British TT given cash boost
British table tennis has been awarded £1.35 million UK Sport funding through to the Paris 2024 Olympics.
The Progression Funding Award is to Table Tennis England to administer on behalf of British table tennis.
It covers the performance pathway rather than any particular individuals, although an element of the award is to be used to help support the delayed Tokyo 2020 Olympic journey, including men’s and women’s singles qualifying events in the new year.
The details of how the funding will be used will be finalised in the new year.
The award is part of a total £352 million investment in Olympic and Paralympic sports by UK Sport. The agency is funding an increased number of 43 sports through to the end of the Paris 2024 Olympic and Paralympic cycle.
British Para Table Tennis (BPTT) was awarded just over £3.7 million to support its performance team through to Paris 2024, an increase of just under £1 million on its award for the Tokyo cycle.
As well as the Progression Funding, Table Tennis England and UK Sport will hold further discussions about potential additional support for individual athletes through to 2024.
Table tennis was funded as a host nation sport for the London 2012 cycle, but was unfunded through the Rio 2016 cycle. In 2018, a £275,000 Aspiration Fund award was made to support players with a genuine qualification opportunity for the Tokyo 2020 Olympics.
Table Tennis England Director of Sport Simon Mills said:
“This is great news and reflects the confidence that UK Sport has in our sport and its leadership to move forward as Great Britain.”
Richard Yule, Chief Operating Officer of Table Tennis Scotland, said:
“We’re delighted to see table tennis back under the umbrella of four-year funding.
“This will allow us to continue the positive relationships we have with the other Home Nations to support our integrated talent pathway and secure a brighter future for British table tennis.”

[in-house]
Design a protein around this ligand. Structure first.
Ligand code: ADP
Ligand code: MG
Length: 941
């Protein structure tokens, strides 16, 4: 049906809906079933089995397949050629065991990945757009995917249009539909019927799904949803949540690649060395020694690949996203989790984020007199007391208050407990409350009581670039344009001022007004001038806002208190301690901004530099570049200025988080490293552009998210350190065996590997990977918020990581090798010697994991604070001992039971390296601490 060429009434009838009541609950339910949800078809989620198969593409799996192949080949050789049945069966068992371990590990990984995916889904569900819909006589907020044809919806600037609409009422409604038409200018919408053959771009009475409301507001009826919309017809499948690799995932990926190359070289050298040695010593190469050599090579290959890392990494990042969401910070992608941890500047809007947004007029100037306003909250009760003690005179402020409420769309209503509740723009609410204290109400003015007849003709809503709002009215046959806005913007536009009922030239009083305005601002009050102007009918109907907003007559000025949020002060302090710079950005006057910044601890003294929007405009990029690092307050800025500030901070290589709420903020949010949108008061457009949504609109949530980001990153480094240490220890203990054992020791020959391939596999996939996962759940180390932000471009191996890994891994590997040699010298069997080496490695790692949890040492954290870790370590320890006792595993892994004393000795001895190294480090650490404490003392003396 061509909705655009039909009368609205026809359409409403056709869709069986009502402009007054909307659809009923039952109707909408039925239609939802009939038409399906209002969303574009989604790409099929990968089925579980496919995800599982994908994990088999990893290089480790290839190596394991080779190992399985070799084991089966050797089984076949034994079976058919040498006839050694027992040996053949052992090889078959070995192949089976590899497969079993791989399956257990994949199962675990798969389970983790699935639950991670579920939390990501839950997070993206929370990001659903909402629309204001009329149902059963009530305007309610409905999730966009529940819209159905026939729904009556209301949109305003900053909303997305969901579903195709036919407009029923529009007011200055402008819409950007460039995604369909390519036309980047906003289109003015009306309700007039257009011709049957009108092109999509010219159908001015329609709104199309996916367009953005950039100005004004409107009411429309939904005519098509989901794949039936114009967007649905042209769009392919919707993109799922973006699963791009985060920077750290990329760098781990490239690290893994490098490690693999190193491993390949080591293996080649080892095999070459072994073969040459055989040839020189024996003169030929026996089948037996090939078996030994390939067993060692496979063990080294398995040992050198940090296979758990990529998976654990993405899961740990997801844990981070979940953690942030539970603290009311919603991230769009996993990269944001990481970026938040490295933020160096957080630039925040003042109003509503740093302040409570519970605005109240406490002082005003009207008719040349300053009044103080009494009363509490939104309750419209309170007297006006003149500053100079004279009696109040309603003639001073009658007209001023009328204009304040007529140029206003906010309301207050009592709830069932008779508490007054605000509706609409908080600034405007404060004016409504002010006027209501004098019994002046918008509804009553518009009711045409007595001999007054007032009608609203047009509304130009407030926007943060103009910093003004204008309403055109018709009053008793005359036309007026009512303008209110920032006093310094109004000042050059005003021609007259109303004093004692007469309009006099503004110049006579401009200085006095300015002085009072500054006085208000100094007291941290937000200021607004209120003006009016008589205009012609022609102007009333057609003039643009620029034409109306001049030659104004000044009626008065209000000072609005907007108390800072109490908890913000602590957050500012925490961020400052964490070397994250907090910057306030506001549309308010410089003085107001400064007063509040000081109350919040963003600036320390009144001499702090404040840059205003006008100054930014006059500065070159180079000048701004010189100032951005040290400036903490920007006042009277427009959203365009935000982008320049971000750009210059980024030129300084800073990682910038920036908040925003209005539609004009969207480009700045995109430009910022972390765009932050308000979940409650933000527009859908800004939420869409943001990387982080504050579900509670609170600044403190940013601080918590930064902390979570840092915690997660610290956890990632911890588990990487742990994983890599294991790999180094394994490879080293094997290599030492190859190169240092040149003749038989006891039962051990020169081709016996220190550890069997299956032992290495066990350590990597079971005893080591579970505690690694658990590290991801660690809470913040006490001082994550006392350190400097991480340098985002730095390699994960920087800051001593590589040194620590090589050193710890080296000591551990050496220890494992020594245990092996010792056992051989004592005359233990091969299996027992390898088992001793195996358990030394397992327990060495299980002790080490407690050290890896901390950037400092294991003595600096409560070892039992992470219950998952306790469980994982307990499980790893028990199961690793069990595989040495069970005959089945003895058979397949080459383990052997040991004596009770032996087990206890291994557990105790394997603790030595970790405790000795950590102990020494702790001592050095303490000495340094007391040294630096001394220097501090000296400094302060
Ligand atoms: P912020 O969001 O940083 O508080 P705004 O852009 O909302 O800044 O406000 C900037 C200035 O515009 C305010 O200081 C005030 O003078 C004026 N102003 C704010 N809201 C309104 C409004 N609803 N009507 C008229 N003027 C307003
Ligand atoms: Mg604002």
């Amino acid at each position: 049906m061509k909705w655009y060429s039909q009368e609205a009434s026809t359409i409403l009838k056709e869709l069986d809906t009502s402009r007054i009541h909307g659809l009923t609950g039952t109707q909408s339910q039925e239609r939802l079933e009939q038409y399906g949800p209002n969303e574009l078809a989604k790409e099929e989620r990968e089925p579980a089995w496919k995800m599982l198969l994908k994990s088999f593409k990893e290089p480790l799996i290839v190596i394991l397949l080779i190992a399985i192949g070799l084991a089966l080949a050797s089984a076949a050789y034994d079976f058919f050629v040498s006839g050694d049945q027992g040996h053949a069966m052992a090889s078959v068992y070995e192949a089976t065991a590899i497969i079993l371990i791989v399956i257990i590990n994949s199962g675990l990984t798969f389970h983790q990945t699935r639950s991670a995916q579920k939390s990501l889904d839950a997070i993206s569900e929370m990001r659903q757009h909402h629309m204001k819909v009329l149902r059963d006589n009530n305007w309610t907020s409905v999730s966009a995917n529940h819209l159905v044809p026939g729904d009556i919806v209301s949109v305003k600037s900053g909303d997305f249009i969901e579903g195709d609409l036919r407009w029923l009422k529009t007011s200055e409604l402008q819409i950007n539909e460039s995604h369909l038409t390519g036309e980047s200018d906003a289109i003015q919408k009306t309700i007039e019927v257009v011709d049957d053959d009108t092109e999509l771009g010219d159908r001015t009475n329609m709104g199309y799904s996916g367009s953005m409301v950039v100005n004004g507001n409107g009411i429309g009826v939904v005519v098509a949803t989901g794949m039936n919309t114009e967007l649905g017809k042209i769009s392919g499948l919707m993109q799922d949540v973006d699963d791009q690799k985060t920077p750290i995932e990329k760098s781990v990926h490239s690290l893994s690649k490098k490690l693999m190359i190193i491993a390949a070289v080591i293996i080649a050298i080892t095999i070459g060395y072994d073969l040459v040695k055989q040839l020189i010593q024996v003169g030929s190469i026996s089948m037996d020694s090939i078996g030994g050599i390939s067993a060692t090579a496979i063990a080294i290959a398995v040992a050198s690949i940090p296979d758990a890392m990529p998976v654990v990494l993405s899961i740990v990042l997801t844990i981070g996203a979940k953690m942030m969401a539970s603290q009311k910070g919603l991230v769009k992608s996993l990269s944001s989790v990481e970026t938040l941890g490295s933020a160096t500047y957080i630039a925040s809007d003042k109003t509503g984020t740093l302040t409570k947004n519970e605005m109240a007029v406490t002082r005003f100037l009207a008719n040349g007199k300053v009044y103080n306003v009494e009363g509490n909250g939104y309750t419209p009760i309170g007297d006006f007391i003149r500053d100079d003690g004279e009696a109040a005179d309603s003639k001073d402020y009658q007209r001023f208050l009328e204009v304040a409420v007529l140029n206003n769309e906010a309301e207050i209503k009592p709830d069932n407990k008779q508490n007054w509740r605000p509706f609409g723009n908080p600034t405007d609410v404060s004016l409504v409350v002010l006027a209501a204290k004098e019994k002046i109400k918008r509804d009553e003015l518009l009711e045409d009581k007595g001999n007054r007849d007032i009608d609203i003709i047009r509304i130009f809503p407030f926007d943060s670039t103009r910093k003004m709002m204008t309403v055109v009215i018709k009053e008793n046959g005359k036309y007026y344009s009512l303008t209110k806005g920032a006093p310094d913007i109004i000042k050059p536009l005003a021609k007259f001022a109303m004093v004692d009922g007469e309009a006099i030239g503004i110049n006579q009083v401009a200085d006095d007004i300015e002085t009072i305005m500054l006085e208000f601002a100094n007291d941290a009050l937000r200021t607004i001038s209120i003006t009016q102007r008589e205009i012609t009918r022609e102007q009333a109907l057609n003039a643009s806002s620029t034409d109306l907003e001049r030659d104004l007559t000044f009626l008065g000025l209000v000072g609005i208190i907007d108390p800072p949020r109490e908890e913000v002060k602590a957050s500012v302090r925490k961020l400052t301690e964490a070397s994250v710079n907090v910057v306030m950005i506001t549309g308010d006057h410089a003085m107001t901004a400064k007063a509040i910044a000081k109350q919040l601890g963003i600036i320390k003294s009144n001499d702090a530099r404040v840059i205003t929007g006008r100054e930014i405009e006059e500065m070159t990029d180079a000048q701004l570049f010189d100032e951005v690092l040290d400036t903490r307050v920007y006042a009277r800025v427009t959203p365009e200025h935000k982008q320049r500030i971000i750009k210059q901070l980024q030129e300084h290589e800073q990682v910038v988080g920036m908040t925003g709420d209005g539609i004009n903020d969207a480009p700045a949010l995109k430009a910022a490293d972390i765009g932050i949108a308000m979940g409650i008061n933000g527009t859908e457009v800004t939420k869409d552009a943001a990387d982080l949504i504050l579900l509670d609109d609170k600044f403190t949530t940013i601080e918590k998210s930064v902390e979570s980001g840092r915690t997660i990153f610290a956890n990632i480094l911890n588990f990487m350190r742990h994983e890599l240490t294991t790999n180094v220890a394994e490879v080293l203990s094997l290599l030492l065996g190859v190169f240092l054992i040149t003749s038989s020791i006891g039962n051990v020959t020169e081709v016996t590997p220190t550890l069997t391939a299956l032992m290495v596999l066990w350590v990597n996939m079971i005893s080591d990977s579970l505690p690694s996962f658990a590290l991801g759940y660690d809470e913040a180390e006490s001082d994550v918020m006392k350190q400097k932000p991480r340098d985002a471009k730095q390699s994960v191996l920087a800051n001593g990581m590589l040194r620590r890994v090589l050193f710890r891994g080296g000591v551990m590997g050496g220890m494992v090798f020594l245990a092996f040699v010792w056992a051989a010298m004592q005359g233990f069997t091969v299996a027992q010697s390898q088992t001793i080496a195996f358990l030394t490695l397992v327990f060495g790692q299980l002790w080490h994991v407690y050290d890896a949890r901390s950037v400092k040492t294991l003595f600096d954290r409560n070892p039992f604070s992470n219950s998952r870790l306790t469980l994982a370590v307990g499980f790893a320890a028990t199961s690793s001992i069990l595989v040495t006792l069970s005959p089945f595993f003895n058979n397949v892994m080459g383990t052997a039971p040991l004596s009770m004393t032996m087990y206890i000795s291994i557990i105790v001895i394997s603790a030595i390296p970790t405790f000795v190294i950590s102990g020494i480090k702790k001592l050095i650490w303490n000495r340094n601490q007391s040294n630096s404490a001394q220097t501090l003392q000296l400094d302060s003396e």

Table Tennis England Chief Executive Sara Sutcliffe said:
“This is a great day for the British table tennis system as we return to GB programme funding for the first time in eight years.
“The UK Sport Aspiration Fund that has supported the men’s team over the last couple of years has been very welcomed but was not able to support the wider British system.
“Now, working with our Home Nations colleagues, we have an opportunity to reinvigorate the ‘best of British’ on a longer-term trajectory towards Paris 2024 and Los Angeles 2028.”
Sally Munday, CEO of UK Sport said:
“Today’s decisions signal our future ambition to broaden the areas in which we achieve global success and deepening our societal impact.
“This means supporting more sports via the World Class Programme and Progression Funding than ever before, as well as welcoming more athletes and staff from varied backgrounds into our high-performance sporting community so we better reflect the diversity of the country we represent.”
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